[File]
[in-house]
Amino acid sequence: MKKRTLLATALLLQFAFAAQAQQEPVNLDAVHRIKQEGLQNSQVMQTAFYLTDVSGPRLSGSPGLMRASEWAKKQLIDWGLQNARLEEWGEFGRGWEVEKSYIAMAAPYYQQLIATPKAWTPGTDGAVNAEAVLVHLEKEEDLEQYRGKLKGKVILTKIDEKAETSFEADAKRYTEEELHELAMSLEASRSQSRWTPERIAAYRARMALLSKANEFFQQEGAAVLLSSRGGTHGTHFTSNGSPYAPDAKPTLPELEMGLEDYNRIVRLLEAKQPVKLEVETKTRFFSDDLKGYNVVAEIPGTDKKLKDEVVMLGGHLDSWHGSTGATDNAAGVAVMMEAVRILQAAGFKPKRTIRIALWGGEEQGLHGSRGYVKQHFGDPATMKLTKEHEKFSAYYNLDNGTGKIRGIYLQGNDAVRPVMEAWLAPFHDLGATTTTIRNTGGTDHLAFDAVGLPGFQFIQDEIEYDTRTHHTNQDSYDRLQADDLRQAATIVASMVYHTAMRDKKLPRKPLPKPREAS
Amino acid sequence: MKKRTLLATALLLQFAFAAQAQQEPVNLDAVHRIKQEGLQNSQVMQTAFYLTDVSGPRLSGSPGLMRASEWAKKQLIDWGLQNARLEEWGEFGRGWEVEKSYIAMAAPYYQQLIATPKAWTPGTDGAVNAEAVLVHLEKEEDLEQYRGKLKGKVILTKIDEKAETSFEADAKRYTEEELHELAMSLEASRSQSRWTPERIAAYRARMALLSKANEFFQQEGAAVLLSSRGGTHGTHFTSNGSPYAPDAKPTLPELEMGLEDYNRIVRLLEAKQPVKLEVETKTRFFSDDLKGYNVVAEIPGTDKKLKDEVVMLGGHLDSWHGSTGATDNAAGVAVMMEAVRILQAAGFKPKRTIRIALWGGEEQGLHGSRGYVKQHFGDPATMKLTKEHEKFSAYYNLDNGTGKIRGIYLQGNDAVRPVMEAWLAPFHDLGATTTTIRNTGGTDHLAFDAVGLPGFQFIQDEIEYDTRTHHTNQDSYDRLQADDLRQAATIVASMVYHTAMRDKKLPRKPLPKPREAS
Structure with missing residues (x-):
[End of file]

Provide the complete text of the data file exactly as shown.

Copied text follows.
[in-house]
Amino acid sequence: MKKRTLLATALLLQFAFAAQAQQEPVNLDAVHRIKQEGLQNSQVMQTAFYLTDVSGPRLSGSPGLMRASEWAKKQLIDWGLQNARLEEWGEFGRGWEVEKSYIAMAAPYYQQLIATPKAWTPGTDGAVNAEAVLVHLEKEEDLEQYRGKLKGKVILTKIDEKAETSFEADAKRYTEEELHELAMSLEASRSQSRWTPERIAAYRARMALLSKANEFFQQEGAAVLLSSRGGTHGTHFTSNGSPYAPDAKPTLPELEMGLEDYNRIVRLLEAKQPVKLEVETKTRFFSDDLKGYNVVAEIPGTDKKLKDEVVMLGGHLDSWHGSTGATDNAAGVAVMMEAVRILQAAGFKPKRTIRIALWGGEEQGLHGSRGYVKQHFGDPATMKLTKEHEKFSAYYNLDNGTGKIRGIYLQGNDAVRPVMEAWLAPFHDLGATTTTIRNTGGTDHLAFDAVGLPGFQFIQDEIEYDTRTHHTNQDSYDRLQADDLRQAATIVASMVYHTAMRDKKLPRKPLPKPREAS
Amino acid sequence: MKKRTLLATALLLQFAFAAQAQQEPVNLDAVHRIKQEGLQNSQVMQTAFYLTDVSGPRLSGSPGLMRASEWAKKQLIDWGLQNARLEEWGEFGRGWEVEKSYIAMAAPYYQQLIATPKAWTPGTDGAVNAEAVLVHLEKEEDLEQYRGKLKGKVILTKIDEKAETSFEADAKRYTEEELHELAMSLEASRSQSRWTPERIAAYRARMALLSKANEFFQQEGAAVLLSSRGGTHGTHFTSNGSPYAPDAKPTLPELEMGLEDYNRIVRLLEAKQPVKLEVETKTRFFSDDLKGYNVVAEIPGTDKKLKDEVVMLGGHLDSWHGSTGATDNAAGVAVMMEAVRILQAAGFKPKRTIRIALWGGEEQGLHGSRGYVKQHFGDPATMKLTKEHEKFSAYYNLDNGTGKIRGIYLQGNDAVRPVMEAWLAPFHDLGATTTTIRNTGGTDHLAFDAVGLPGFQFIQDEIEYDTRTHHTNQDSYDRLQADDLRQAATIVASMVYHTAMRDKKLPRKPLPKPREAS
Structure with missing residues (x-):